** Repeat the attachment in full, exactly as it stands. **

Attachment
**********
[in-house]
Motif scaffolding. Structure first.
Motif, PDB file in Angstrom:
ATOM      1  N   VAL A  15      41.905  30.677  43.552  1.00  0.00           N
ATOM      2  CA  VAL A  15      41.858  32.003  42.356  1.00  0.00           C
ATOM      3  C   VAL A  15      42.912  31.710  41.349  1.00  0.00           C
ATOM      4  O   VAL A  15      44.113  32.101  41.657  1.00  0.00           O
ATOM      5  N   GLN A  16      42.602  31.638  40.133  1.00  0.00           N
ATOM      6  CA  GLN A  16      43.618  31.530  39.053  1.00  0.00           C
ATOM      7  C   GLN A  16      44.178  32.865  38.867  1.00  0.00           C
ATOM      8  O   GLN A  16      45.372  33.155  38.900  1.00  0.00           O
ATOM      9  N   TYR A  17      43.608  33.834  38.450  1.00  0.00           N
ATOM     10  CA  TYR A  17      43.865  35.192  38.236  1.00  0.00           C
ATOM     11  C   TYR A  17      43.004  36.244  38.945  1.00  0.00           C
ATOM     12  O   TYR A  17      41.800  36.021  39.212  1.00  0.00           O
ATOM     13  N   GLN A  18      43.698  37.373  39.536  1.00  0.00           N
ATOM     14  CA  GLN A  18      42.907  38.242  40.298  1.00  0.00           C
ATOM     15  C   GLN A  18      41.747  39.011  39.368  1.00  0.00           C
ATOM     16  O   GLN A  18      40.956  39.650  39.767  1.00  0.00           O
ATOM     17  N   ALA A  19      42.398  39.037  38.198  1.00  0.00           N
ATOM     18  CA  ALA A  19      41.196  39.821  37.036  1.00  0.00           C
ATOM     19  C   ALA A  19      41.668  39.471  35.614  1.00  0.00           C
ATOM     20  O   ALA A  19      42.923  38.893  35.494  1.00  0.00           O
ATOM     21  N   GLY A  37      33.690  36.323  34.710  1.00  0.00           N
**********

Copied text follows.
[in-house]
Motif scaffolding. Structure first.
Motif, PDB file in Angstrom:
ATOM      1  N   VAL A  15      41.905  30.677  43.552  1.00  0.00           N
ATOM      2  CA  VAL A  15      41.858  32.003  42.356  1.00  0.00           C
ATOM      3  C   VAL A  15      42.912  31.710  41.349  1.00  0.00           C
ATOM      4  O   VAL A  15      44.113  32.101  41.657  1.00  0.00           O
ATOM      5  N   GLN A  16      42.602  31.638  40.133  1.00  0.00           N
ATOM      6  CA  GLN A  16      43.618  31.530  39.053  1.00  0.00           C
ATOM      7  C   GLN A  16      44.178  32.865  38.867  1.00  0.00           C
ATOM      8  O   GLN A  16      45.372  33.155  38.900  1.00  0.00           O
ATOM      9  N   TYR A  17      43.608  33.834  38.450  1.00  0.00           N
ATOM     10  CA  TYR A  17      43.865  35.192  38.236  1.00  0.00           C
ATOM     11  C   TYR A  17      43.004  36.244  38.945  1.00  0.00           C
ATOM     12  O   TYR A  17      41.800  36.021  39.212  1.00  0.00           O
ATOM     13  N   GLN A  18      43.698  37.373  39.536  1.00  0.00           N
ATOM     14  CA  GLN A  18      42.907  38.242  40.298  1.00  0.00           C
ATOM     15  C   GLN A  18      41.747  39.011  39.368  1.00  0.00           C
ATOM     16  O   GLN A  18      40.956  39.650  39.767  1.00  0.00           O
ATOM     17  N   ALA A  19      42.398  39.037  38.198  1.00  0.00           N
ATOM     18  CA  ALA A  19      41.196  39.821  37.036  1.00  0.00           C
ATOM     19  C   ALA A  19      41.668  39.471  35.614  1.00  0.00           C
ATOM     20  O   ALA A  19      42.923  38.893  35.494  1.00  0.00           O
ATOM     21  N   GLY A  37      33.690  36.323  34.710  1.00  0.00           N